I came prepared. I was prepared to hear Twitter and the blog brigade blasting out 140-character epitaphs on how the Washington Nationals cannot win against good teams and are especially bad against good pitching. Typical Washington sports team that can only win when it doesn’t matter. But when the competition gets fierce they fold like a cheap tent. And don’t even get me started on the Nats against good pitching. When is the last time the Nats did anything against good teams?
Fortunately, the first two games against the San Francisco Giants were wins. Otherwise, I might have needed a break from Twitter for a while. But do the loud voices have a point? Let’s look at the data so far from this year.
First, the Nationals are a pretty good team overall, and they got that way by beating up on the bad teams and holding their own against good teams. That is how everyone does it, and the Nats are no exception. This year, the Nationals are .545 against teams with a winning record. That puts them fourth behind the Texas Rangers at the top (with an absurd .672 record against winning teams) and solidly head of the middle-of-the-pack Colorado Rockies at .464.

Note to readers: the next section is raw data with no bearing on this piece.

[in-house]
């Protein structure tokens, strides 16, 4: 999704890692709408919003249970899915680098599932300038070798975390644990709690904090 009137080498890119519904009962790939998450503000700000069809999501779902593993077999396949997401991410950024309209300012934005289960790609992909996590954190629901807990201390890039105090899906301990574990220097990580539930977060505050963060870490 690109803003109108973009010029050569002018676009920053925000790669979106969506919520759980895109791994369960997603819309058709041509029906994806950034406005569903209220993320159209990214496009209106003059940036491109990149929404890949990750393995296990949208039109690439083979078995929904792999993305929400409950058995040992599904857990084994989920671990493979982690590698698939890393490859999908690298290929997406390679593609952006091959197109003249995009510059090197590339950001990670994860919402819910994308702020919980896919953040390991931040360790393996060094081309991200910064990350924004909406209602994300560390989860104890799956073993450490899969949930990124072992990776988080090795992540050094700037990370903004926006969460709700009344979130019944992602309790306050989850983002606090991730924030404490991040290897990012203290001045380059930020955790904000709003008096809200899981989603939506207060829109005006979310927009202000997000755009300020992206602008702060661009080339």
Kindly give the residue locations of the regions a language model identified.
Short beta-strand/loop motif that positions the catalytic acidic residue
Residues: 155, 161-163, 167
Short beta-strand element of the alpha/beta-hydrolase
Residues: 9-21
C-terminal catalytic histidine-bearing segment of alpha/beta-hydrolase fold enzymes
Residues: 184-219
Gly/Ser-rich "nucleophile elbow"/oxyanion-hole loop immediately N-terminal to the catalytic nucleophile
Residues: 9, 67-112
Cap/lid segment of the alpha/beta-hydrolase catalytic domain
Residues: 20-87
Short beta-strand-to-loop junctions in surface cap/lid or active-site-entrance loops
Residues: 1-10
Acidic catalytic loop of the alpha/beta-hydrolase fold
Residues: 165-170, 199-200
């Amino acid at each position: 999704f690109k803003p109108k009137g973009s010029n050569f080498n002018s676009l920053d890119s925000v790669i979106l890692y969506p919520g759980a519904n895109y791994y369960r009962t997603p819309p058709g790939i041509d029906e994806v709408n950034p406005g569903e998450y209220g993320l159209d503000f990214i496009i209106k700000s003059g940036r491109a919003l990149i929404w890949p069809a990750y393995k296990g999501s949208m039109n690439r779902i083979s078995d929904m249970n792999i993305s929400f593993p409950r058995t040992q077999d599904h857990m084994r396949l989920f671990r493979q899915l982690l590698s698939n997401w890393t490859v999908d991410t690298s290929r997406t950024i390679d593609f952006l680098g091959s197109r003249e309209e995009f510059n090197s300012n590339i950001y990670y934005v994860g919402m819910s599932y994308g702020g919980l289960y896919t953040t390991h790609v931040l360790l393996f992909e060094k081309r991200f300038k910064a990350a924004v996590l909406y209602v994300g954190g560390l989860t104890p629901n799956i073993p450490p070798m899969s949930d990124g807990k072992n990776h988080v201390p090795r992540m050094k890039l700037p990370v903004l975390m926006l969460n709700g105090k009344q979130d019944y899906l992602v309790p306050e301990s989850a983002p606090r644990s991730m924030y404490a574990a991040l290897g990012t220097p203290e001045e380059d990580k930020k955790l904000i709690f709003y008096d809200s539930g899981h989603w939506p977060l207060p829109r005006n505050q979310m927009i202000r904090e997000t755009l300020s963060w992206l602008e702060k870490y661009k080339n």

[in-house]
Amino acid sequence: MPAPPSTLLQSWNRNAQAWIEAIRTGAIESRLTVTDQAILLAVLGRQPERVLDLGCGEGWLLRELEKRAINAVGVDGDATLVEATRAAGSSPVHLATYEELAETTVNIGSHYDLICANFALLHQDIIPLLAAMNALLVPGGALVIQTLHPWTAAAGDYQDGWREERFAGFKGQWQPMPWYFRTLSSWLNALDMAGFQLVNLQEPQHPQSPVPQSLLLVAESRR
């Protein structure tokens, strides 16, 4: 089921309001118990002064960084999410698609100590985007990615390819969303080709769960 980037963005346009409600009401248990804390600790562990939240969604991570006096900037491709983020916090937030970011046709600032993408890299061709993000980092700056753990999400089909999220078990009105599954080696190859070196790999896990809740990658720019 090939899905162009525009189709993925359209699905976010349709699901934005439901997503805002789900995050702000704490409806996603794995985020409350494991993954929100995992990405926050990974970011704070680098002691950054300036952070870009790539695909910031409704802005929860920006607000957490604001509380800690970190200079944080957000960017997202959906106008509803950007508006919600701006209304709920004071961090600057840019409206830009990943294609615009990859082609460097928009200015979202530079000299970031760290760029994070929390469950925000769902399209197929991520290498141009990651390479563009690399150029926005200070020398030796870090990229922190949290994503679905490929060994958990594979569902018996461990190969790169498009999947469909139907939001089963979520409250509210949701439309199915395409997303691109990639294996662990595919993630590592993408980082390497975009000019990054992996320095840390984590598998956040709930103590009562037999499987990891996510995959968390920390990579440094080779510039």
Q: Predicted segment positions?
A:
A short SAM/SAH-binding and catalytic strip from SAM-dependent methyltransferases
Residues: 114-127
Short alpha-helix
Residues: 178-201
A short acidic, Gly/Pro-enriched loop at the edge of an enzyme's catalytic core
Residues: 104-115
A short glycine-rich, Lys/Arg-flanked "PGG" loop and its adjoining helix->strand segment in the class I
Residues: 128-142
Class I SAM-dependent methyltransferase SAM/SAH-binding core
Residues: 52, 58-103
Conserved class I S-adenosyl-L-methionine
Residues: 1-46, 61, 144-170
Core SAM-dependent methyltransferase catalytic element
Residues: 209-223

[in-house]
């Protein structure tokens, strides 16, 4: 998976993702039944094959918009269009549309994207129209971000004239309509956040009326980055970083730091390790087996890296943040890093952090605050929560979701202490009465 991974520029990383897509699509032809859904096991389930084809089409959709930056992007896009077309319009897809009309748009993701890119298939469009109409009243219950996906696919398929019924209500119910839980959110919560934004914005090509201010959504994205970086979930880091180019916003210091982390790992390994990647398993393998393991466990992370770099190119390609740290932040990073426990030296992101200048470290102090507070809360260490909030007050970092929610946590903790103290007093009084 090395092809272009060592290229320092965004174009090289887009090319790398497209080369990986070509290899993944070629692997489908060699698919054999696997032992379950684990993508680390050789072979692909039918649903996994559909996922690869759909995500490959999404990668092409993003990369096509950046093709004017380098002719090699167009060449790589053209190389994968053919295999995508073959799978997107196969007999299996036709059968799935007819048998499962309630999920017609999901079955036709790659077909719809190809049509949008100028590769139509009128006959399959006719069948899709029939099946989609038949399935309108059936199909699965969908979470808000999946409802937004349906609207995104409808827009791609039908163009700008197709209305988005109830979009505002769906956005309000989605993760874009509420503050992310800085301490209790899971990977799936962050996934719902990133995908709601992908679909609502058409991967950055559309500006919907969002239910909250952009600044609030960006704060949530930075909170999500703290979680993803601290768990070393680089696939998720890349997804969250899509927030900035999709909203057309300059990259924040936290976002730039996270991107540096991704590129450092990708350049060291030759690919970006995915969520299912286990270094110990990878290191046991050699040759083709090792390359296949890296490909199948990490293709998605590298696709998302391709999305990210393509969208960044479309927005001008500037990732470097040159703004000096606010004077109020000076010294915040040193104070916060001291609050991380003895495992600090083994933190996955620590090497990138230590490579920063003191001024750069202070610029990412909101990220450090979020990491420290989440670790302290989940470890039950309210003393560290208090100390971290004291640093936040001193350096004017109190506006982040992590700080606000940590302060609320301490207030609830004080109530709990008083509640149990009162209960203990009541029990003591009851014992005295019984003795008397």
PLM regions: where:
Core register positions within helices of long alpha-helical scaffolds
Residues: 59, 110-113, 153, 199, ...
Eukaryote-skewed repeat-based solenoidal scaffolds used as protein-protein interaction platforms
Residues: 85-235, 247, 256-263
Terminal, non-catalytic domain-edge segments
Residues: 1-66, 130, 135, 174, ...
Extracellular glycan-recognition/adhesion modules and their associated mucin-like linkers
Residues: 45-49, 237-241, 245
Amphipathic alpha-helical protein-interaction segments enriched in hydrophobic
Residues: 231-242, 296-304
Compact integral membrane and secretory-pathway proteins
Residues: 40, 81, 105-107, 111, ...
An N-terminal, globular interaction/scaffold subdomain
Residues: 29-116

Beating up the bad teams is also not a problem for this club. The Nats are .638 against teams below .500, and that runs sixth behind the St. Louis Cardinals leading the way with a .694 record. When you club wins three out of five against bad teams, it can seem calamitous when they can only muster splits against good teams. That is what happens when you are used to winning, but the enemy gets a vote. And it is exceptionally hard to win in this league against good teams.
That is only one half of the equation. To be the best you have to beat good pitching, especially in the playoffs. When you face the triple threat of Madison Bumgarner, Johnny Cueto, and Jeff Samardzija in a seven-game series, you better be able to win some of those games if you want a ring. Fortunately for the Nationals, they have been able to do that this year.
I took a look at the games when the Nats faced a top-20 pitcher (according to FanGraphs’ WAR rankings) and it turns out they did okay. Out of the 14 games sampled, the Nats went 6-5 and in three games the opposing pitcher received a no decision because the Nationals were leading or tied going into the latter innings but their bullpen managed to lose the game. For a small sample size, that is right where you want to be. Couple that with the good record against teams with a winning record, and I like this club’s odds when it comes to winning a seven-game series.
So don’t fret if this team drops the next few against the Giants; winning four out of seven is right where you want to be.